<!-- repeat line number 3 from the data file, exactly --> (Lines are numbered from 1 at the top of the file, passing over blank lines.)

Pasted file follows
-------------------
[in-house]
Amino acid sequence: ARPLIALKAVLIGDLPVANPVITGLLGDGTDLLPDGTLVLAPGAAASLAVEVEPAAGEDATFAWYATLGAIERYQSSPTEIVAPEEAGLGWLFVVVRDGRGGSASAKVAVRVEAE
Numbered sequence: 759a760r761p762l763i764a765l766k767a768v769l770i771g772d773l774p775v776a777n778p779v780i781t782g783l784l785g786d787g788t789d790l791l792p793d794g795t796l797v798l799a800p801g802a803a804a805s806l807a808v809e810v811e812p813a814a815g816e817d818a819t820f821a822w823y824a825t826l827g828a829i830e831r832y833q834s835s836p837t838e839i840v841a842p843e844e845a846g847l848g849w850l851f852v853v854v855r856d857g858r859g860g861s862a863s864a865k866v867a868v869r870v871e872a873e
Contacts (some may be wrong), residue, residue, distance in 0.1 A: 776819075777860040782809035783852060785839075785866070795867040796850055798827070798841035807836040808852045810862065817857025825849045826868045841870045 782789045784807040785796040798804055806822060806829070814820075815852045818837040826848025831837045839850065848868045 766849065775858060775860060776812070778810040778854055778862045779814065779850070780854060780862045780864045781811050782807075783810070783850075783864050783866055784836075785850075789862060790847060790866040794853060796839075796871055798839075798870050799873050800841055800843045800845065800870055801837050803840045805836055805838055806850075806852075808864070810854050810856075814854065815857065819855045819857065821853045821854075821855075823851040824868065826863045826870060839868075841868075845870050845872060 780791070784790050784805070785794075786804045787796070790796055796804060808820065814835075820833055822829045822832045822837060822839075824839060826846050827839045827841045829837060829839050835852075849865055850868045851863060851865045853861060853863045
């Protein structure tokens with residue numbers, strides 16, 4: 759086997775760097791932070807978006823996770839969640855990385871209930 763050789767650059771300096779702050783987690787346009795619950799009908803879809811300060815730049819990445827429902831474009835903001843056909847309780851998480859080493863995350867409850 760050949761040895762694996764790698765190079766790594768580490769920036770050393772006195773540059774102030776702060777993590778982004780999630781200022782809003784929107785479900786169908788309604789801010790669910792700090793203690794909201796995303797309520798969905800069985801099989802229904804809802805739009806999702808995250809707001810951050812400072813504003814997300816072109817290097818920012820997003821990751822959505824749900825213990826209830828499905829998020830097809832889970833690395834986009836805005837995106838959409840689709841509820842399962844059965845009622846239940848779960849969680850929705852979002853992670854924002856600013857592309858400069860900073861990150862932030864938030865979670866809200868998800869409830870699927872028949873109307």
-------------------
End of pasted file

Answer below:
Numbered sequence: 759a760r761p762l763i764a765l766k767a768v769l770i771g772d773l774p775v776a777n778p779v780i781t782g783l784l785g786d787g788t789d790l791l792p793d794g795t796l797v798l799a800p801g802a803a804a805s806l807a808v809e810v811e812p813a814a815g816e817d818a819t820f821a822w823y824a825t826l827g828a829i830e831r832y833q834s835s836p837t838e839i840v841a842p843e844e845a846g847l848g849w850l851f852v853v854v855r856d857g858r859g860g861s862a863s864a865k866v867a868v869r870v871e872a873e